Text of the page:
Spotlight Thursday: Gayle Roper

Author Spotlight: Gayle Roper

I had the pleasure of meeting Gayle Roper at the Mt. Hermon Christian Writer's Conference. That's part of our group up above. Several are now published and I'm sure they credit Gayle with helping them along the way. She's in the front right. 

She's been my mentor, but more than that, she's become a friend. I love Gayle's books and their mixture of romance, suspense, with a dash of humor. I asked her some questions and you get to peek over my shoulder. 

Gayle, tell us about your newest book and what sparked the idea.

My most recent book is Shadows on the Sand, the fifth of my books set in my fictionalized Jersey shore town of Seaside. I was talking with my editor, and she mentioned that there might be a story in the cop who shows up at the crime in the other four books. Yes, I thought. Greg would be a good hero. Only trouble was that the books are romantic suspense and Greg was already married. What to do, what to do! But I figured it out as you’ll see when you read the book.

As for the heroine, she needed to be someone he’d interact with more than just politely at a crime scene. Enter Carrie who runs Carrie’s CafĂ© where Greg eats breakfast each morning. She’s a gutsy lady who’s more than a match for a cynical cop.

Which of your characters is most like you and why?

I don’t think any of my characters are like me. Some of them do things like I do, say drink Coke or enjoy Oreos, but they aren’t me. In fact one of the great challenges is writing characters who aren’t like me. What would he or she do in this situation since they don’t think like me?

How do you celebrate when you finish a book?

Aside from feeling several pounds lighter with the weight of the project gone from my shoulders? Go out for dinner. I love to eat out (I think that really means I don’t especially like to cook), so going out for a nice meal is my favorite was to celebrate.

What's your favorite part of the writing process?

My favorite part of writing is definitely rewriting. Getting the words on the page originally is hard, hard work. But playing with them, making them the best I can, adding more personality, more depth, more humor, more everything—that’s great fun. I am a sparse writer when I originally put something on paper, so deepening every part of the story is not only necessary but fun and exciting.

When you read for pleasure, what's your favorite genre?

I enjoy romantic suspense, mysteries with a touch of romance, and some straight romance if the plot is complex enough. There’s something wonderful about being taken to a world that’s not mine, especially on days when my world seems boring or sad or too hard. When the Bible says to weep with those who weep and rejoice with those who rejoice, I don’t think it means fictional somebodies. Still there’s a sense of life becoming a bit brighter and better when in the company of characters and a story you like.


Woe! It’s Wednesday: When it rains …

I often wonder how people without a faith get through life.

Not just for the big things like cancer, catastrophes, or chemical spills, but for things like traffic jams and a tax bill and a leaky dishwasher.   Or a dog in the dishwasher.

Do they rail at an unknown entity and shake their fist at the universe? Or shrug and figure it’s their turn to be swatted by the cosmos?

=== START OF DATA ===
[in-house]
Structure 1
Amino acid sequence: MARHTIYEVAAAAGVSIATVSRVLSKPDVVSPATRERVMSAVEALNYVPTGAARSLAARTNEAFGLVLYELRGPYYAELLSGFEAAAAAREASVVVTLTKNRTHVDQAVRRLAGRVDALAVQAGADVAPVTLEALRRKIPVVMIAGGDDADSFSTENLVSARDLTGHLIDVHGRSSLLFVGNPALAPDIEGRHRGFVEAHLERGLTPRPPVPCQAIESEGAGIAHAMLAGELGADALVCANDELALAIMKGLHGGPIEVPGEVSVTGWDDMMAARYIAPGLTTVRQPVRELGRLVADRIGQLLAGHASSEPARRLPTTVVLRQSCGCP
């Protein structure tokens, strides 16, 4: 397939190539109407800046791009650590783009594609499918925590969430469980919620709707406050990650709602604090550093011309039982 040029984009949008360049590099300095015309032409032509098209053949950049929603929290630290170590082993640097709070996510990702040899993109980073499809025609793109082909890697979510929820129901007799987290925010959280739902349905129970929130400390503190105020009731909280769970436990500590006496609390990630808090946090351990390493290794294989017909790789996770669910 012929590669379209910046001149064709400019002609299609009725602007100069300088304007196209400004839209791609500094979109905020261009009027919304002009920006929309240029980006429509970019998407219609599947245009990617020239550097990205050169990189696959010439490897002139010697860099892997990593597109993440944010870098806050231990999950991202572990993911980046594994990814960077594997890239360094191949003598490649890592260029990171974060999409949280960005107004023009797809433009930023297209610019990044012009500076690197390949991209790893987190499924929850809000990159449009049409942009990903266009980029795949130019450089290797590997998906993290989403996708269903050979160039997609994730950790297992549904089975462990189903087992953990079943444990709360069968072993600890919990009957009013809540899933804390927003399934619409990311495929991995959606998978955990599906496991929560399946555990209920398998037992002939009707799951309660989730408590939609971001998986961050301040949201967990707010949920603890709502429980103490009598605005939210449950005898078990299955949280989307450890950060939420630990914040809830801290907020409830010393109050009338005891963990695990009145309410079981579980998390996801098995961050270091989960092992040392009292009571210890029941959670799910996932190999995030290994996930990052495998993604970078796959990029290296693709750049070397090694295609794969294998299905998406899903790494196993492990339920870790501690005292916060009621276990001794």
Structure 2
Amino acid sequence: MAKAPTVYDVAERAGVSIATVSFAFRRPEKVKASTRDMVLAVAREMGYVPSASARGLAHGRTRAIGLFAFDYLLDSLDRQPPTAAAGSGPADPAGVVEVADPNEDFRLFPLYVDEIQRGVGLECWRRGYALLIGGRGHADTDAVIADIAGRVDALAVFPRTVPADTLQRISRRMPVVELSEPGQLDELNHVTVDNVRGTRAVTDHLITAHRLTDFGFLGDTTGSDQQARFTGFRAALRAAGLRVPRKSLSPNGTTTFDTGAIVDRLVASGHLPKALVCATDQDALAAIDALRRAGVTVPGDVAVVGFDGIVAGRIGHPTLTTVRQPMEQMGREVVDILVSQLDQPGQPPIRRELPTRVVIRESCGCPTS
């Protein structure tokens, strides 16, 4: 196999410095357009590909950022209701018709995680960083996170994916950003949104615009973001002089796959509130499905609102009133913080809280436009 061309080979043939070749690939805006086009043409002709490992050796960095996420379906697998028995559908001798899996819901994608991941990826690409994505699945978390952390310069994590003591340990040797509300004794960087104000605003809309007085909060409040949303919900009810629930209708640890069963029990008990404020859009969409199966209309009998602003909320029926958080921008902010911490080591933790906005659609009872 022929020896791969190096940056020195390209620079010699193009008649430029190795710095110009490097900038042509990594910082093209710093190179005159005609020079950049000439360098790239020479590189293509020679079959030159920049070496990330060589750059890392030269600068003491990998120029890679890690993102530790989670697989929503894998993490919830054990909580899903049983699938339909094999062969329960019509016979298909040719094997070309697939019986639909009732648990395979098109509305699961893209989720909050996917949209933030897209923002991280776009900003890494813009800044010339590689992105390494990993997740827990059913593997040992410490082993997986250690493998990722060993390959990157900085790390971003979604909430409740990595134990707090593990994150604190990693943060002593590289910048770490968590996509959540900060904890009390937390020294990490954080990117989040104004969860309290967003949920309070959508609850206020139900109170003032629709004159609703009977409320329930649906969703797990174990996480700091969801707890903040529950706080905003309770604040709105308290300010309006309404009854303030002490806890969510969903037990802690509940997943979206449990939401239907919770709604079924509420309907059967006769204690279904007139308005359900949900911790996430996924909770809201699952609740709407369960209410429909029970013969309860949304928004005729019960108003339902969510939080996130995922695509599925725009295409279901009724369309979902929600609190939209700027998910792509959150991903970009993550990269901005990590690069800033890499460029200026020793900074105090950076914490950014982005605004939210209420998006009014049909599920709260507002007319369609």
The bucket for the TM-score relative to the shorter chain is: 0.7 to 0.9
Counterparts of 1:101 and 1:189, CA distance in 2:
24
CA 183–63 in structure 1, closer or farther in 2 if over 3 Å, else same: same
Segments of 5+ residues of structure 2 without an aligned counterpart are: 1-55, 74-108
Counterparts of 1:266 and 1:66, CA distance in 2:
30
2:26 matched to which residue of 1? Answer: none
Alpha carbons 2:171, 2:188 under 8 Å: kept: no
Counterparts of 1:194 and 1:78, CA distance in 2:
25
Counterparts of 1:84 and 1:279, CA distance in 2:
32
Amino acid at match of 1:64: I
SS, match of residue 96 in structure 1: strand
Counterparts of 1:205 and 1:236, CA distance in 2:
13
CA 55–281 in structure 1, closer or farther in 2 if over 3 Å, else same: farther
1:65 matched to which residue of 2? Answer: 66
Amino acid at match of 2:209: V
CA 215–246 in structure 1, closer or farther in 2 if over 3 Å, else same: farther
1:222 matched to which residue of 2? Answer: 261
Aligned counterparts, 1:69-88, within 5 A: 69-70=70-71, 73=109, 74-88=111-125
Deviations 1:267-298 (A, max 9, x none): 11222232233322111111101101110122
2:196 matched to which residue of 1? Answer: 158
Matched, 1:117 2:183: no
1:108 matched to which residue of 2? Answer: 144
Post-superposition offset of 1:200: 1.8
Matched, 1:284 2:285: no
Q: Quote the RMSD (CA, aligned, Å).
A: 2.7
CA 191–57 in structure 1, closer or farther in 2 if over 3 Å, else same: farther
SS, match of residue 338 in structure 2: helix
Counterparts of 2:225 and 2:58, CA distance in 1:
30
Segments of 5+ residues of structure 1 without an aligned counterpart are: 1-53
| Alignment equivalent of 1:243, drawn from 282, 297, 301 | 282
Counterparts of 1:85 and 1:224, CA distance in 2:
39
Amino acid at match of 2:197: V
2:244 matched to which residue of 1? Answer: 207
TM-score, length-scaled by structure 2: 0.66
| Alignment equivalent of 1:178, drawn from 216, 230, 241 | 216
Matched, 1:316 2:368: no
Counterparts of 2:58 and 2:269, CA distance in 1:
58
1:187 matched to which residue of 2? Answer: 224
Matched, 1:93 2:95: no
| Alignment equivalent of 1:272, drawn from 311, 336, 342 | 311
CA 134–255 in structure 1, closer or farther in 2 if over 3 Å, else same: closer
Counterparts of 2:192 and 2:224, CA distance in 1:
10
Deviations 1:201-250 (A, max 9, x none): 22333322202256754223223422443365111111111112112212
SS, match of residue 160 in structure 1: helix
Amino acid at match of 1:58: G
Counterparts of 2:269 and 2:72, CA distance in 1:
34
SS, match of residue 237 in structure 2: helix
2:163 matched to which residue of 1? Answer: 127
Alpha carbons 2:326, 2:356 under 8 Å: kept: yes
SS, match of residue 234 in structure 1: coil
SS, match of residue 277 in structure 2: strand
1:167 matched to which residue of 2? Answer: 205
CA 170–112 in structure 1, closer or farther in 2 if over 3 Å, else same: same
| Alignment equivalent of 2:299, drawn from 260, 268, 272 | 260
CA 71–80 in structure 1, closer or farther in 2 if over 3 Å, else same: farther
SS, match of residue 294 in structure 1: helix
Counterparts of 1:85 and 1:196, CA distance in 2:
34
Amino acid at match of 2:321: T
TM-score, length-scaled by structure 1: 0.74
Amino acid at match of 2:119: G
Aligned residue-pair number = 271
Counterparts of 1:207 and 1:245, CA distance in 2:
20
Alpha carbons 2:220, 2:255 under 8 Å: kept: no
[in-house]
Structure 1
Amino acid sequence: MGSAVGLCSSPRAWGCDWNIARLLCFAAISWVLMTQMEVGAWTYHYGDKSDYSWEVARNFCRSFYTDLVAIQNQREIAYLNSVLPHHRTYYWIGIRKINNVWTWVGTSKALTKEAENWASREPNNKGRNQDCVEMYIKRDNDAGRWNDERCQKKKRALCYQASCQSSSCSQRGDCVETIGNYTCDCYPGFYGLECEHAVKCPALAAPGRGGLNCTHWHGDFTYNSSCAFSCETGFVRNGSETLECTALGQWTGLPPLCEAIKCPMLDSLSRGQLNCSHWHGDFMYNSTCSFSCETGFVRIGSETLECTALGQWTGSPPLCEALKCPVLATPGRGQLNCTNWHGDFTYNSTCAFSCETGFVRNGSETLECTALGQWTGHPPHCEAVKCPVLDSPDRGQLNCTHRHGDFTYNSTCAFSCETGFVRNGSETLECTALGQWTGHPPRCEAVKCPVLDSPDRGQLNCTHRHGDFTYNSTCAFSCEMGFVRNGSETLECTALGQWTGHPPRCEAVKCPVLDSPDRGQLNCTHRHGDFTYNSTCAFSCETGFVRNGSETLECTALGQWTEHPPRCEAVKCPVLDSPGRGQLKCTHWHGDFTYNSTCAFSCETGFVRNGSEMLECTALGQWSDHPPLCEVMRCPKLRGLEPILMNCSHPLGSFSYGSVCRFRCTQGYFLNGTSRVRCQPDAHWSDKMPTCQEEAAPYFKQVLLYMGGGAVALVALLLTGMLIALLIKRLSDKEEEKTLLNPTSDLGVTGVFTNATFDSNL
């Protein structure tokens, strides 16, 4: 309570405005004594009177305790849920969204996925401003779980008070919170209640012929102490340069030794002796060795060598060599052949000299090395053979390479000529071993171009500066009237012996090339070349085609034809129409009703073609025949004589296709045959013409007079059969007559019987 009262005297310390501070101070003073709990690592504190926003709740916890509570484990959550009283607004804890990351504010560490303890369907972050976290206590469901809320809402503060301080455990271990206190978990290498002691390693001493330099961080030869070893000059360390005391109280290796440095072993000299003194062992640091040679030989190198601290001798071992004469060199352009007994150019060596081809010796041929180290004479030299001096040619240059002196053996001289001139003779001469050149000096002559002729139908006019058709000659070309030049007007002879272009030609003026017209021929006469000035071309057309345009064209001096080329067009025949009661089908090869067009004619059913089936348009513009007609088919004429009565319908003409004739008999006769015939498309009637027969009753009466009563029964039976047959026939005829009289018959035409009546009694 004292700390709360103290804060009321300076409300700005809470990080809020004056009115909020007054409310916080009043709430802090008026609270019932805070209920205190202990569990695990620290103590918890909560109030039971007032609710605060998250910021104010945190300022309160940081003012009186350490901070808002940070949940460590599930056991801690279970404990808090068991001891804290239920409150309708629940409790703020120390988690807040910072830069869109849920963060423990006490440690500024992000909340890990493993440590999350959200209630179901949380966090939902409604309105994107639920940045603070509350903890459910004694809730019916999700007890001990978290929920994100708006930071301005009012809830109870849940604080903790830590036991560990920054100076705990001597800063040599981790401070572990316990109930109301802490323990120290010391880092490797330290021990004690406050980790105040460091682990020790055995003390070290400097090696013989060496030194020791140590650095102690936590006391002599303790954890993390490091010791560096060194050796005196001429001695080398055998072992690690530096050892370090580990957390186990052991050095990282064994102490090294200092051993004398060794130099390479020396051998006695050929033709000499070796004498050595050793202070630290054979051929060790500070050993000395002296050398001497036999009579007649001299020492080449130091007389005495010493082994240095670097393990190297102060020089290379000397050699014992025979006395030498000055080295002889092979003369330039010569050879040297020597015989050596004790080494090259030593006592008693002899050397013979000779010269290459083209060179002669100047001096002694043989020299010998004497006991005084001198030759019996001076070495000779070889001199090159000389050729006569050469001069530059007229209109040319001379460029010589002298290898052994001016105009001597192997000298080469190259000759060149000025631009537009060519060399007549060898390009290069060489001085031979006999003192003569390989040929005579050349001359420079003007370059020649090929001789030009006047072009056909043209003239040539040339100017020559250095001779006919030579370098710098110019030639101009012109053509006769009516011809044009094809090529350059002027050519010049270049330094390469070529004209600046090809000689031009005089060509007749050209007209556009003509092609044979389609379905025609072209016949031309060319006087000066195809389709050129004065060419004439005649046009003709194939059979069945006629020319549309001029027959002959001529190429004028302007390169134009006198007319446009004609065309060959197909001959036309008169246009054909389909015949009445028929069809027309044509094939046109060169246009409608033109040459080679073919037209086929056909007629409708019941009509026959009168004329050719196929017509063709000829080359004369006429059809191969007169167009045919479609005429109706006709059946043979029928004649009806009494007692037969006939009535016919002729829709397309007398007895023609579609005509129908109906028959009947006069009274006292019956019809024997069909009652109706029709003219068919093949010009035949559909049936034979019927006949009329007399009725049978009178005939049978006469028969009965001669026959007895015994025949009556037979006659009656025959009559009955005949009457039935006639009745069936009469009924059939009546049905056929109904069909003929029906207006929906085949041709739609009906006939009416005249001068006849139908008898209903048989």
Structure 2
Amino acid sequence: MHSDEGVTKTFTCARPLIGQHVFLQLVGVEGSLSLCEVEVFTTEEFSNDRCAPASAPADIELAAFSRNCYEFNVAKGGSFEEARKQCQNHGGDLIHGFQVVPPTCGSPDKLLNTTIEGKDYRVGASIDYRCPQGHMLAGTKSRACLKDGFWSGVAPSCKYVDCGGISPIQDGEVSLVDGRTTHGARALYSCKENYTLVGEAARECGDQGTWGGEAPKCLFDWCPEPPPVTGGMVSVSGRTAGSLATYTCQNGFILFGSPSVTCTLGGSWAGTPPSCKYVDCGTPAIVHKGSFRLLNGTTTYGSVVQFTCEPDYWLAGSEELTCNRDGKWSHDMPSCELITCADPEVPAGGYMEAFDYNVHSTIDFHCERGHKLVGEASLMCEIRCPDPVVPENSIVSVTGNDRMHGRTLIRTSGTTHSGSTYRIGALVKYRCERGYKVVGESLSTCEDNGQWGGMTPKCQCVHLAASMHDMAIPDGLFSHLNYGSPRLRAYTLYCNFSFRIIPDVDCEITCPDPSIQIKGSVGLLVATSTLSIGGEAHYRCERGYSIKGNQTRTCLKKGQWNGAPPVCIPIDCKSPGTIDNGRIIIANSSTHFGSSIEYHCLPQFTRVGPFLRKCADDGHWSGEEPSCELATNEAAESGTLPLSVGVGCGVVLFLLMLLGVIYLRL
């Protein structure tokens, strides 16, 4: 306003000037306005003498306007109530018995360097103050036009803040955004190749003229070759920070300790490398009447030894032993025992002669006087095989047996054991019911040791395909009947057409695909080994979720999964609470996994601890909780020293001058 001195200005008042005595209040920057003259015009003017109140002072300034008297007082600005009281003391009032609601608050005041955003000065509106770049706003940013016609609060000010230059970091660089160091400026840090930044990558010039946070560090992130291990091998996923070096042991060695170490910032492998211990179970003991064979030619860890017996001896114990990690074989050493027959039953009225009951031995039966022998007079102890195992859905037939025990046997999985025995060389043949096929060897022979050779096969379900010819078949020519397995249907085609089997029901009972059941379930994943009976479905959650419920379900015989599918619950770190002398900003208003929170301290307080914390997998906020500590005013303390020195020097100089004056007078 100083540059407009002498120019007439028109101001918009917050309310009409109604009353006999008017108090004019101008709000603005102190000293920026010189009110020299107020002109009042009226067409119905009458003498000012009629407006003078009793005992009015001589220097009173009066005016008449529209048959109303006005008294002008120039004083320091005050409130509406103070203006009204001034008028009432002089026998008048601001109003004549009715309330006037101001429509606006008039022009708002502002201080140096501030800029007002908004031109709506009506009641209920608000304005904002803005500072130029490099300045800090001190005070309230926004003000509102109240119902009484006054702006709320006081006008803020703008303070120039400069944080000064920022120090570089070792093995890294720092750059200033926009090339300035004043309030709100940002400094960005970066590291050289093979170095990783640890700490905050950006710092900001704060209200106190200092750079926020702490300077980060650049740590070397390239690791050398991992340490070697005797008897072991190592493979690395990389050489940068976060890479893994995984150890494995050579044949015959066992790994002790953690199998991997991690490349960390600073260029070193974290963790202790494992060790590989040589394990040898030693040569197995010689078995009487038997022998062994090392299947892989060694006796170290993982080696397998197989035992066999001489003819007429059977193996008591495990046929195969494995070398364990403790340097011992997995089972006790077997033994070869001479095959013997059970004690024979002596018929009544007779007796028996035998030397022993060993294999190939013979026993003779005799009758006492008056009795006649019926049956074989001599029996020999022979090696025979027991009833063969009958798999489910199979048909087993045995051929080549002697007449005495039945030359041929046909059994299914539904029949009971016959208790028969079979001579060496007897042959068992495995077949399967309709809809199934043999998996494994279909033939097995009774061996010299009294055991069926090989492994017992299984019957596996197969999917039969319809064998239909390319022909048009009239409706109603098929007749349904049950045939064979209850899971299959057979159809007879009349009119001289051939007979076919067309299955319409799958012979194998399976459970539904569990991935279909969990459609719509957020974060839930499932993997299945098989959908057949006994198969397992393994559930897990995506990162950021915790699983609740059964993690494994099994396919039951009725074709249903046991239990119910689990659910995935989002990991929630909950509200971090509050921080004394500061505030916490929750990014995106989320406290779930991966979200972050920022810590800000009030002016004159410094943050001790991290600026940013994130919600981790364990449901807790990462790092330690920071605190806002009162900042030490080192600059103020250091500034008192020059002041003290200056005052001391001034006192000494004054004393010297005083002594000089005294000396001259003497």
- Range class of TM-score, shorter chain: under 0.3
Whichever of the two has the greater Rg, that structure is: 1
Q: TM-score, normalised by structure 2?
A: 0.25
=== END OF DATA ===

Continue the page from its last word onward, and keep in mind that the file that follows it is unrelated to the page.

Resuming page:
As a believer, life is so much easier when I know high blood pressure, crazy political rants, and gophers serve a higher purpose.

To make me more like Christ.

How does a leaky dishwasher make me resemble Jesus?

Well, if I take a deep breath and remember that God orders my day, then for some reason unknown to me, I must need to be one with dishwasher that day. I may not like it. I may not enjoy it. But it’s where I’m supposed to be and that’s good enough for me.

I hope I remember this lesson the next time I’m stuck in traffic and hungry and I know a pile of laundry is waiting for me at home.


Book Talk Tuesday: Becoming Fearless

I’ve sensed a theme forming for 2013. I keep crossing paths with books and speakers addressing the subject of Fear.

Becoming Fearless: My Ongoing Journey of Learning to Trust God

Becoming Fearless: My Ongoing Journey of Learning to Trust God crossed my path several months ago and I downloaded it to my Kindle. I finally read it and can see that indeed fear does keep me in my comfort zone.

Michelle Aguilar won the sixth season of The Biggest Loser. We watch the show and I remember Michelle in a general way but had forgotten many of her particulars until I read her book. She and mother were estranged but had reunited to be teammates on the show.

In Becoming Fearless Michelle tells the rest of the story. Why she and her mother had become distant and how Michelle masked that pain with food and her smile.

Michelle quoted her trainer Jillian Michaels: “Feel the fear. And do it anyway.” I heard Jillian herself say it on the February 11th episode of The Biggest Loser.

She has an compelling story that is told with honesty. I heartily recommend it, especially to anyone feeling held in place by fear.


Fiction Friday: The Bandbox Hat


The Bandbox Hat

Previously: The charm ceremony finished and SarahJane was not offered a charm. Austin walked her out and told her she was too nice and likeable and the show was more for his actress mother to be in front of an audience than it was for him to find love. He liked her but she had to go.

Chapter Forty-Six